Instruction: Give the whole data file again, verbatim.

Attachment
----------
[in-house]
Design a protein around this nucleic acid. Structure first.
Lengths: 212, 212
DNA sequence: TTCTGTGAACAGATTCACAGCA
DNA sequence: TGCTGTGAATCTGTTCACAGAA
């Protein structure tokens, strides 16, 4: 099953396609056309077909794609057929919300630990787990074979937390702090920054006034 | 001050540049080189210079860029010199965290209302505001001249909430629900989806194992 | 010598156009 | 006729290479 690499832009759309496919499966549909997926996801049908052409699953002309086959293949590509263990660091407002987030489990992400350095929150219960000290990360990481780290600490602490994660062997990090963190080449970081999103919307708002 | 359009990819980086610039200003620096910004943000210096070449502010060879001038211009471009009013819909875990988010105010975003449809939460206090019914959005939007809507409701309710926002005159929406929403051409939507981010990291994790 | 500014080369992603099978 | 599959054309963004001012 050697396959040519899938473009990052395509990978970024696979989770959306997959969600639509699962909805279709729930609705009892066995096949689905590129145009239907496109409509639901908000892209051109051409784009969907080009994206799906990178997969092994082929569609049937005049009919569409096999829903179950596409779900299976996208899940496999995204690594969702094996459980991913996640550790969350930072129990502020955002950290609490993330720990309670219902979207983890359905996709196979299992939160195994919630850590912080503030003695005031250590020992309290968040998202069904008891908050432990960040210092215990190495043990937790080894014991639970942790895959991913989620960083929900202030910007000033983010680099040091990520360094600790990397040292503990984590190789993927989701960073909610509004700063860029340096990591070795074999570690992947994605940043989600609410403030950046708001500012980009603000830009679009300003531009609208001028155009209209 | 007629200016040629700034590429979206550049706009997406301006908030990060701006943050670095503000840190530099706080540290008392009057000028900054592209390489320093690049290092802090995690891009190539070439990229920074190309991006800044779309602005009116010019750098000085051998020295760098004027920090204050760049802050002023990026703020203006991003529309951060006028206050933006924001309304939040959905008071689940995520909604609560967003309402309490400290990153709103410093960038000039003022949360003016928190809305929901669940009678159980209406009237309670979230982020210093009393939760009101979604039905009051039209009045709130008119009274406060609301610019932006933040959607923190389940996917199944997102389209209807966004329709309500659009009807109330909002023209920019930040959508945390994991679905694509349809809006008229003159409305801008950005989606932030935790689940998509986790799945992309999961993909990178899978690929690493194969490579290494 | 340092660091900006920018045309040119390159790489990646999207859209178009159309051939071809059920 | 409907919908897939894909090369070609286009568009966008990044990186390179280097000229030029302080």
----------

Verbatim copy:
[in-house]
Design a protein around this nucleic acid. Structure first.
Lengths: 212, 212
DNA sequence: TTCTGTGAACAGATTCACAGCA
DNA sequence: TGCTGTGAATCTGTTCACAGAA
């Protein structure tokens, strides 16, 4: 099953396609056309077909794609057929919300630990787990074979937390702090920054006034 | 001050540049080189210079860029010199965290209302505001001249909430629900989806194992 | 010598156009 | 006729290479 690499832009759309496919499966549909997926996801049908052409699953002309086959293949590509263990660091407002987030489990992400350095929150219960000290990360990481780290600490602490994660062997990090963190080449970081999103919307708002 | 359009990819980086610039200003620096910004943000210096070449502010060879001038211009471009009013819909875990988010105010975003449809939460206090019914959005939007809507409701309710926002005159929406929403051409939507981010990291994790 | 500014080369992603099978 | 599959054309963004001012 050697396959040519899938473009990052395509990978970024696979989770959306997959969600639509699962909805279709729930609705009892066995096949689905590129145009239907496109409509639901908000892209051109051409784009969907080009994206799906990178997969092994082929569609049937005049009919569409096999829903179950596409779900299976996208899940496999995204690594969702094996459980991913996640550790969350930072129990502020955002950290609490993330720990309670219902979207983890359905996709196979299992939160195994919630850590912080503030003695005031250590020992309290968040998202069904008891908050432990960040210092215990190495043990937790080894014991639970942790895959991913989620960083929900202030910007000033983010680099040091990520360094600790990397040292503990984590190789993927989701960073909610509004700063860029340096990591070795074999570690992947994605940043989600609410403030950046708001500012980009603000830009679009300003531009609208001028155009209209 | 007629200016040629700034590429979206550049706009997406301006908030990060701006943050670095503000840190530099706080540290008392009057000028900054592209390489320093690049290092802090995690891009190539070439990229920074190309991006800044779309602005009116010019750098000085051998020295760098004027920090204050760049802050002023990026703020203006991003529309951060006028206050933006924001309304939040959905008071689940995520909604609560967003309402309490400290990153709103410093960038000039003022949360003016928190809305929901669940009678159980209406009237309670979230982020210093009393939760009101979604039905009051039209009045709130008119009274406060609301610019932006933040959607923190389940996917199944997102389209209807966004329709309500659009009807109330909002023209920019930040959508945390994991679905694509349809809006008229003159409305801008950005989606932030935790689940998509986790799945992309999961993909990178899978690929690493194969490579290494 | 340092660091900006920018045309040119390159790489990646999207859209178009159309051939071809059920 | 409907919908897939894909090369070609286009568009966008990044990186390179280097000229030029302080």